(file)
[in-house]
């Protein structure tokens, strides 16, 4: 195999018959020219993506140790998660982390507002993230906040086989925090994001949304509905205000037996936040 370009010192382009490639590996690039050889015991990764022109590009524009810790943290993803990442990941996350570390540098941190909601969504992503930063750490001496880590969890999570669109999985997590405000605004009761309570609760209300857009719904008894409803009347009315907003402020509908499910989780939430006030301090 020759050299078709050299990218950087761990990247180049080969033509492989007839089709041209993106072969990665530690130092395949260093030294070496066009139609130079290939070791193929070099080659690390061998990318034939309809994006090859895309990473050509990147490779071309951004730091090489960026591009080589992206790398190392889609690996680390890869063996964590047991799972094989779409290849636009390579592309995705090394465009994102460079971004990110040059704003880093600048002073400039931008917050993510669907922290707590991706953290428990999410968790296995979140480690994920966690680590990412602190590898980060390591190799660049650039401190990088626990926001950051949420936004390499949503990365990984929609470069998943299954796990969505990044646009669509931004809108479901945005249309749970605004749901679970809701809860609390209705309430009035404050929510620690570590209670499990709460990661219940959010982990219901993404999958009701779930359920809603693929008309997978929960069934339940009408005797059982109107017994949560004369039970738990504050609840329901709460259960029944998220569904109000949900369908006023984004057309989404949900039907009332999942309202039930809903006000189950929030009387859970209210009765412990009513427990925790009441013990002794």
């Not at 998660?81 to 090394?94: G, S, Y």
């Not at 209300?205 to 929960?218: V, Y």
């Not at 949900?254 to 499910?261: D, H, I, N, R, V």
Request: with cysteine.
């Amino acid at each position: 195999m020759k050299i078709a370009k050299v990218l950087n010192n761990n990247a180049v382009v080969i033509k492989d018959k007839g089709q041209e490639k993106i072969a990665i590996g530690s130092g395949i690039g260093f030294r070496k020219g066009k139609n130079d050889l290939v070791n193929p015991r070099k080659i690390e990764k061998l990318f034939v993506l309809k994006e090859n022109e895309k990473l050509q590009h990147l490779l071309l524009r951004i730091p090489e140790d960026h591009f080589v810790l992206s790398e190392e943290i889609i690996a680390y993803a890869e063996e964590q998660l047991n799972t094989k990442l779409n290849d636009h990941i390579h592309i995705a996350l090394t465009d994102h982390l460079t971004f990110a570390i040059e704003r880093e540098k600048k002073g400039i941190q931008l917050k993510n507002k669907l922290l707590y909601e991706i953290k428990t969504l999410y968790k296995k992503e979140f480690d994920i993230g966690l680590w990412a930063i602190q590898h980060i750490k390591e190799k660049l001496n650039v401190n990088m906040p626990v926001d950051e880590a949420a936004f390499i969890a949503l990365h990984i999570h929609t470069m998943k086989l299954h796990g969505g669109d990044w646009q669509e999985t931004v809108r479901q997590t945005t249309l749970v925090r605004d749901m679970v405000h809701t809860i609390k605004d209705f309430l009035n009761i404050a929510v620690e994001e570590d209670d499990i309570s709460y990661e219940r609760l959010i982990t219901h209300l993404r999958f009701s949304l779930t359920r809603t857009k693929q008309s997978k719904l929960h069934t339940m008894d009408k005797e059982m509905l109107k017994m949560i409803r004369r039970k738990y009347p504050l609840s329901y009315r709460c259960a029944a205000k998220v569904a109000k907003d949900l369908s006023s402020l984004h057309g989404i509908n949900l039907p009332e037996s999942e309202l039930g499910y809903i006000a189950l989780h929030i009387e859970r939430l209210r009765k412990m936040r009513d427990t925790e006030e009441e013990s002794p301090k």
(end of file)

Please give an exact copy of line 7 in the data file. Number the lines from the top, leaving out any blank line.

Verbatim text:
């Amino acid at each position: 195999m020759k050299i078709a370009k050299v990218l950087n010192n761990n990247a180049v382009v080969i033509k492989d018959k007839g089709q041209e490639k993106i072969a990665i590996g530690s130092g395949i690039g260093f030294r070496k020219g066009k139609n130079d050889l290939v070791n193929p015991r070099k080659i690390e990764k061998l990318f034939v993506l309809k994006e090859n022109e895309k990473l050509q590009h990147l490779l071309l524009r951004i730091p090489e140790d960026h591009f080589v810790l992206s790398e190392e943290i889609i690996a680390y993803a890869e063996e964590q998660l047991n799972t094989k990442l779409n290849d636009h990941i390579h592309i995705a996350l090394t465009d994102h982390l460079t971004f990110a570390i040059e704003r880093e540098k600048k002073g400039i941190q931008l917050k993510n507002k669907l922290l707590y909601e991706i953290k428990t969504l999410y968790k296995k992503e979140f480690d994920i993230g966690l680590w990412a930063i602190q590898h980060i750490k390591e190799k660049l001496n650039v401190n990088m906040p626990v926001d950051e880590a949420a936004f390499i969890a949503l990365h990984i999570h929609t470069m998943k086989l299954h796990g969505g669109d990044w646009q669509e999985t931004v809108r479901q997590t945005t249309l749970v925090r605004d749901m679970v405000h809701t809860i609390k605004d209705f309430l009035n009761i404050a929510v620690e994001e570590d209670d499990i309570s709460y990661e219940r609760l959010i982990t219901h209300l993404r999958f009701s949304l779930t359920r809603t857009k693929q008309s997978k719904l929960h069934t339940m008894d009408k005797e059982m509905l109107k017994m949560i409803r004369r039970k738990y009347p504050l609840s329901y009315r709460c259960a029944a205000k998220v569904a109000k907003d949900l369908s006023s402020l984004h057309g989404i509908n949900l039907p009332e037996s999942e309202l039930g499910y809903i006000a189950l989780h929030i009387e859970r939430l209210r009765k412990m936040r009513d427990t925790e006030e009441e013990s002794p301090k």